August 19, 2008

555 Mission Rock: Yesterday, Today And Tomorrow (And A Recap)

555 Mission Rock: Site

The quick recap for 555 Mission Rock in south Mission Bay: 192 apartments ranging in size from 650 to 1,300 square feet (and 10,000 square feet of ground floor retail).

555 Mission Rock: 8/11/08 (www.SocketSite.com)

Development by Urban Housing Group, design by SB Architects, and opening Spring 2009.

555 Mission Rock: Renderings

An Overview Of Mission Bay [SocketSite]
Neighbors In South Mission Bay (555 Mission Rock Street?) [SocketSite]
555 Mission Rock Apartments: Additional Details And Timing [SocketSite]
Projects: 555 Mission Rock [Urban Housing Group]

First Published: August 19, 2008 8:15 AM

Comments from "Plugged In" Readers

If the construction quality is on par with Edgewater then RUN AWAY!

[Editor's Note: Outlining issues you've experienced with Edgewater (another Urban Housing Group development) so plugged-in people can be aware: helpful and welcomed. An anonymous and blanket "run away": not so much.]

Posted by: anon at August 19, 2008 8:44 AM

@ anon

Yes, please expand

Posted by: McBravio at August 19, 2008 9:22 AM

the exterior of that project just looks like generic crap. san jose anyone? just continuing the trend of Mission Bay into pseudo-urban anywheresville.

Posted by: realist at August 19, 2008 9:25 AM

Yeah, this building is as bland as they come. I hope it at least meets the street well along Fourth since that is supposed to be a welcoming retail strip.

[Editor’s Note: In the renderings above, the tallest side is the fourth street elevation.]

Posted by: mongrel at August 19, 2008 9:36 AM

The way Socketsite presented it was one of the most informative set of photos I can imagine. The first gave it perspective (with the downtown in the distance) and was a great "before" shot, with the crane standing on an empty lot. The second was the work in progress with the same crane. The third and fourth were the finished shots, that, though their creation predated the first two, belonged at the end so you could see how the project would look finished. A lot of other editors would have put those two shots first. It was really nice to just scroll down and see the project "progressing".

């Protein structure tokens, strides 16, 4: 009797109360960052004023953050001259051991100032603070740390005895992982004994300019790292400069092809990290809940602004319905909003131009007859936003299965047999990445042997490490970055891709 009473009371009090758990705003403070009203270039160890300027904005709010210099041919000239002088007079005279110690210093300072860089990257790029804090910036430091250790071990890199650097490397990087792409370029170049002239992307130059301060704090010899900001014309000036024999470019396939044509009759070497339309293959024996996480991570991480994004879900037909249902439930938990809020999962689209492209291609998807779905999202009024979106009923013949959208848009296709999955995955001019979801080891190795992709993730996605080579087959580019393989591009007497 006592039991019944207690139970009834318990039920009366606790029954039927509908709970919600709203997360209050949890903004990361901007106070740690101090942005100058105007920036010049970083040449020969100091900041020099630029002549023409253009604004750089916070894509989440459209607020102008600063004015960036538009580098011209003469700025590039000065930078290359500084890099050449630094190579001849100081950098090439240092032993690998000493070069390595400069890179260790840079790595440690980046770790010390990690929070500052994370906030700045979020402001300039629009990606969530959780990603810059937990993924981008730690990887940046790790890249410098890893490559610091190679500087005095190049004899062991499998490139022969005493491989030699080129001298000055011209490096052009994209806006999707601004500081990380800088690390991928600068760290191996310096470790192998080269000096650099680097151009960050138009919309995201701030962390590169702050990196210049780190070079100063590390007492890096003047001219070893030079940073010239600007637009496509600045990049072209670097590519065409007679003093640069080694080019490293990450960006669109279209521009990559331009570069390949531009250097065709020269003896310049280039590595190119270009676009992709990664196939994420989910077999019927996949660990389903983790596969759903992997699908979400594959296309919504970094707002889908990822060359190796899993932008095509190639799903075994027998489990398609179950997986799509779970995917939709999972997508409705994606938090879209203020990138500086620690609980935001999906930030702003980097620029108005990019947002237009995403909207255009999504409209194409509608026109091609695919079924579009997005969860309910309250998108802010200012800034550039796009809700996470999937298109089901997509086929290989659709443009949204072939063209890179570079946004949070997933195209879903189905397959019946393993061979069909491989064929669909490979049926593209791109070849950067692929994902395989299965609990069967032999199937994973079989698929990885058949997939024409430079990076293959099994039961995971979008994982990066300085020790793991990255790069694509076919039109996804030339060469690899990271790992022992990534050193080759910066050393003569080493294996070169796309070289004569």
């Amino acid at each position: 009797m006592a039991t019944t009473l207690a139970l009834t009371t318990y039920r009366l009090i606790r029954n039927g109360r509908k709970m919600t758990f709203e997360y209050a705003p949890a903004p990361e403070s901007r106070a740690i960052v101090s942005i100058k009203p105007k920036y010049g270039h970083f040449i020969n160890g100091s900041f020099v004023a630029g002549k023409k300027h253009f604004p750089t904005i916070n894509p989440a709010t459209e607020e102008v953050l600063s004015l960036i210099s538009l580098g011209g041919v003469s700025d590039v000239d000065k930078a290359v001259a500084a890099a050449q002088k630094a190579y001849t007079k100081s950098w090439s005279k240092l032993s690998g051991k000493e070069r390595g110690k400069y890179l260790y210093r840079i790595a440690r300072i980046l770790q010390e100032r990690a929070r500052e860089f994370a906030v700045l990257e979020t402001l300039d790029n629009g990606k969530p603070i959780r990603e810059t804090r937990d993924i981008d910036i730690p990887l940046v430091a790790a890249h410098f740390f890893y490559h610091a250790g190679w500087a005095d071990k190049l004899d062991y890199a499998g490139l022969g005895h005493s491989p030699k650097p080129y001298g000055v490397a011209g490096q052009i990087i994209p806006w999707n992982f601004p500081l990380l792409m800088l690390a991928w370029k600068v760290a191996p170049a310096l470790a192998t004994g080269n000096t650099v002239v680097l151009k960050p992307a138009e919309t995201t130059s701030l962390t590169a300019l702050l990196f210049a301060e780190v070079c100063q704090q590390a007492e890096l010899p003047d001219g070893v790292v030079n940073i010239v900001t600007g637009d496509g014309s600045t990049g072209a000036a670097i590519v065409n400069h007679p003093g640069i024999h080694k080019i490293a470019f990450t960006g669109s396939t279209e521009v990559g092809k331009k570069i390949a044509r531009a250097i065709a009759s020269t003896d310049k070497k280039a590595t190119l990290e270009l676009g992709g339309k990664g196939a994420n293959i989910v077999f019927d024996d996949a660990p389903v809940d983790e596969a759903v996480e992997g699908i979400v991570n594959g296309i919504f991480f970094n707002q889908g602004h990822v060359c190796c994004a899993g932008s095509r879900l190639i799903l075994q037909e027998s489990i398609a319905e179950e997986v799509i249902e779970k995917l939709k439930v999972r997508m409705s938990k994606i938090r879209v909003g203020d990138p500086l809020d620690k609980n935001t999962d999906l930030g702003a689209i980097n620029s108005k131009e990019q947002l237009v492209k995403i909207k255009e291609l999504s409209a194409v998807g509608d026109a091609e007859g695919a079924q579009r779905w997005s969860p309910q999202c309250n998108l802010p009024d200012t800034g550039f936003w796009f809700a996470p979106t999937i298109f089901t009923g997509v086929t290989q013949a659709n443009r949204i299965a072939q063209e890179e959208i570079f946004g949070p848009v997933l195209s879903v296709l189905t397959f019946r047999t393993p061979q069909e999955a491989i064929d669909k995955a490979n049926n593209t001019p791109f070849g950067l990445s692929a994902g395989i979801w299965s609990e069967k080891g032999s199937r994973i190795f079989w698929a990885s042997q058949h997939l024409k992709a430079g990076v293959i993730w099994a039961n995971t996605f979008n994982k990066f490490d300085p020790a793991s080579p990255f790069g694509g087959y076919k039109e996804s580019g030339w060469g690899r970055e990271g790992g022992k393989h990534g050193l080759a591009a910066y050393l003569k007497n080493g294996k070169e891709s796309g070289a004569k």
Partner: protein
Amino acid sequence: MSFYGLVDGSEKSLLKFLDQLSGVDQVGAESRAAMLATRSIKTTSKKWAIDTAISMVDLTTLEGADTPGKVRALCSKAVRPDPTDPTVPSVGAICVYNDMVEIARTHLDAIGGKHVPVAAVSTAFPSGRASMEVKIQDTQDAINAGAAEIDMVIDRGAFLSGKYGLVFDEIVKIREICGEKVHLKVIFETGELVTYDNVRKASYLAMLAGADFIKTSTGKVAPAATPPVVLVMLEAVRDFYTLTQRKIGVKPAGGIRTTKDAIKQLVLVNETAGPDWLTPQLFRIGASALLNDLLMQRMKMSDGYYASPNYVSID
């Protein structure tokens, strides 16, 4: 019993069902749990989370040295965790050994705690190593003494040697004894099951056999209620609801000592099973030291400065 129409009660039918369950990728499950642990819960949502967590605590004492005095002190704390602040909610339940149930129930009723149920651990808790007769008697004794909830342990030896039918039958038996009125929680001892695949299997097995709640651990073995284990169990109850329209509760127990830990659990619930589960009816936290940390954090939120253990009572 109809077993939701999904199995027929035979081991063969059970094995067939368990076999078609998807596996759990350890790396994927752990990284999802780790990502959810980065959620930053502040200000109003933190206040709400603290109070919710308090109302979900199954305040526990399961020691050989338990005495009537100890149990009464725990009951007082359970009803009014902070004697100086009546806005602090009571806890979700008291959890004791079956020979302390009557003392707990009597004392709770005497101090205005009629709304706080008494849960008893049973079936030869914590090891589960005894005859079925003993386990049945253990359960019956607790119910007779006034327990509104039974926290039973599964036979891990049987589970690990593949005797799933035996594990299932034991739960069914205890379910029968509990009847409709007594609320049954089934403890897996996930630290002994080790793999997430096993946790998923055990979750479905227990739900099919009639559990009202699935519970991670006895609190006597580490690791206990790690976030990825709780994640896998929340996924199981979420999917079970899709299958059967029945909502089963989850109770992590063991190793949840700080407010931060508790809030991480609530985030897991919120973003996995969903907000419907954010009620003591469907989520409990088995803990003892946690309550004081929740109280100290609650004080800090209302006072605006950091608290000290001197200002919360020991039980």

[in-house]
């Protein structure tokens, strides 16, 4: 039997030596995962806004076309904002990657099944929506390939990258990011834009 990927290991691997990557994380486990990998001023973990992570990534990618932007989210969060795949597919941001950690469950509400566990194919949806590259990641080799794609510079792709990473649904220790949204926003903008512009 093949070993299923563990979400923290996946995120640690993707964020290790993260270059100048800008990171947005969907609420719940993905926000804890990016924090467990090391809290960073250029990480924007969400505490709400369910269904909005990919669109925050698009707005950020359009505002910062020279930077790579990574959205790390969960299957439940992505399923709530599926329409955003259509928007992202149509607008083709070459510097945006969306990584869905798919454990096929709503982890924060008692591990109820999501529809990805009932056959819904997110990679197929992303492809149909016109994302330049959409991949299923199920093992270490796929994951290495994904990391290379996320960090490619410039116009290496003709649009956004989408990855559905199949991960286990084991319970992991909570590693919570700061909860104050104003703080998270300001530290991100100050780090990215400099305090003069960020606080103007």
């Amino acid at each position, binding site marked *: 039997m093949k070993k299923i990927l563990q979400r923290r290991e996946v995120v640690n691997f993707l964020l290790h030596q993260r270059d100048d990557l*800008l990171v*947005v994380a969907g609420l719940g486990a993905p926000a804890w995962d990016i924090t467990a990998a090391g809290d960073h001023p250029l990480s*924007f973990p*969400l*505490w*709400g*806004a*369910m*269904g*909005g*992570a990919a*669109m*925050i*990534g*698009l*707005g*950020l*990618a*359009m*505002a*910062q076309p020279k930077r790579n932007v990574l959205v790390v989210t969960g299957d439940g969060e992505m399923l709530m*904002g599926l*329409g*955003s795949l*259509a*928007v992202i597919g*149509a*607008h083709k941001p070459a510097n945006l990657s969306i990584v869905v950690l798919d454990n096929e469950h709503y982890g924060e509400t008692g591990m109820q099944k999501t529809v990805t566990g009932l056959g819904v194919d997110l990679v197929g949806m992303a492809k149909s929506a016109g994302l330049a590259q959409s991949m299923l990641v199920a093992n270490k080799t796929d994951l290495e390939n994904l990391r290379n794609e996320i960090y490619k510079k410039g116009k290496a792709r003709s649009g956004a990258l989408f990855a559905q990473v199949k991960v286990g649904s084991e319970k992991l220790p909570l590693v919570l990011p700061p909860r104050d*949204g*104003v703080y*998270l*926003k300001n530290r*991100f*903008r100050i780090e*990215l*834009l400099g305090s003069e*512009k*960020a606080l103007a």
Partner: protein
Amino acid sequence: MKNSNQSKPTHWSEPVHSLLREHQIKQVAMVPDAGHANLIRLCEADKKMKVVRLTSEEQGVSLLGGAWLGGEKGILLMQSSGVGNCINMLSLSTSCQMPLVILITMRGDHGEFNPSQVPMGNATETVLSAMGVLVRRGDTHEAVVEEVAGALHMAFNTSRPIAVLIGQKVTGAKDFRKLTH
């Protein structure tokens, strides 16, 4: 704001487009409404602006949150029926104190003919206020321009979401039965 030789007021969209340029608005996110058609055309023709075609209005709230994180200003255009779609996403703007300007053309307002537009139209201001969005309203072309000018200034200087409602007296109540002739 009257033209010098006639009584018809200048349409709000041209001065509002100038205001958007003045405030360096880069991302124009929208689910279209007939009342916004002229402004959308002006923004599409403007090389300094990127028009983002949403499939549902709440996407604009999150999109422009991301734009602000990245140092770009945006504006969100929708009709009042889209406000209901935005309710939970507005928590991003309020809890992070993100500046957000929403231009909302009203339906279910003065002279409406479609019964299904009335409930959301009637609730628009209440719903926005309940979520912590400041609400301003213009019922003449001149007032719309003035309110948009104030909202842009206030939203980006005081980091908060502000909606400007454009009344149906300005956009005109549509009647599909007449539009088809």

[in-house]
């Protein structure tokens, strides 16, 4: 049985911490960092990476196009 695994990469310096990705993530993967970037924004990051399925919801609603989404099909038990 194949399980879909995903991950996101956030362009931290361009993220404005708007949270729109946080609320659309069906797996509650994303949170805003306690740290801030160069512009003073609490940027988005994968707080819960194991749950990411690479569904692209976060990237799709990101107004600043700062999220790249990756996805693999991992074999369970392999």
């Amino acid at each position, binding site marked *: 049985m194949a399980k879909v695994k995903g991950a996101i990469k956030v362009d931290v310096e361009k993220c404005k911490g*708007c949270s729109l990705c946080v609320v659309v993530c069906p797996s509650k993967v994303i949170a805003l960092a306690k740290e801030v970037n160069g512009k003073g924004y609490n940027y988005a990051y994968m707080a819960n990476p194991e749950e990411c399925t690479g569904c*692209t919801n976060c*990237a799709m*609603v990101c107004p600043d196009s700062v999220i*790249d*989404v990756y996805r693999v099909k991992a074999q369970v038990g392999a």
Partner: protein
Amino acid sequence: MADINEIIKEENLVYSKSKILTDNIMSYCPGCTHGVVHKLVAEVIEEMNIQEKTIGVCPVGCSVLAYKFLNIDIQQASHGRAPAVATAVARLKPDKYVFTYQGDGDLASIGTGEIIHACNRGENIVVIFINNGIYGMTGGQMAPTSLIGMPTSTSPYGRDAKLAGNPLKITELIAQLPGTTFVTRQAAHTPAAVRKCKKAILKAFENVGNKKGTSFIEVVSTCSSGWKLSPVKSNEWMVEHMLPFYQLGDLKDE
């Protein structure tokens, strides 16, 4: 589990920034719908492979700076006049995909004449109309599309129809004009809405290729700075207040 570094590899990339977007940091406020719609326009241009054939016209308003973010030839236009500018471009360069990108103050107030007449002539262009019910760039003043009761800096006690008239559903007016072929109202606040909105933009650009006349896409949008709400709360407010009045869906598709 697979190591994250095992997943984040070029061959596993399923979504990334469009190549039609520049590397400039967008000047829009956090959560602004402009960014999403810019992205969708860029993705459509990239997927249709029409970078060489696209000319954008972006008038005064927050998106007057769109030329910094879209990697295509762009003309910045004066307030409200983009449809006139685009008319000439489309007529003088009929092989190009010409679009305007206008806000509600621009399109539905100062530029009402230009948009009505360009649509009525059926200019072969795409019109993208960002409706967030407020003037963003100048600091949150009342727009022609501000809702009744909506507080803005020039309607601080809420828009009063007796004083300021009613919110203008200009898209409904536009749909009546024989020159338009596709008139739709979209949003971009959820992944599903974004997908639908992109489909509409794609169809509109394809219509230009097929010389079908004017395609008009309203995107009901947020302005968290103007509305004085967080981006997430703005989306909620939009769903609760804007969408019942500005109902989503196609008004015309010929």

As for bland, by Mission Bay standards, it isn't that bland. Some of the interiors in those buildings on Berry Street are positively A+. That's the niche for that area.

Posted by: tipster at August 19, 2008 10:10 AM

Shouldn't it be called Mission Fill?

Posted by: Foolio at August 19, 2008 10:11 AM

Sorry, check out the comments for Edgewater on Yelp. A lot of them are just flames about management but I can attest to the comments about the design structure, plumbing and security. There are just a lot of very odd design quirks like the way the stairwells are laid out, the strange enclosed elevator platform for the 2nd garage level, thin floors— ceiling lights will flicker when neighbors above merely walk across the room, plumbing access points in the walls that are seemingly every 2 feet, any entrance besides the main one requires a horribly obscure journey through the bowels of the building, one door will require a security badge while the one to the right will not, endless plumbing issues. Just a lot of head scratchers here.

Maybe they will do a nicer job at Mission Rock.

Posted by: anon at August 19, 2008 10:15 AM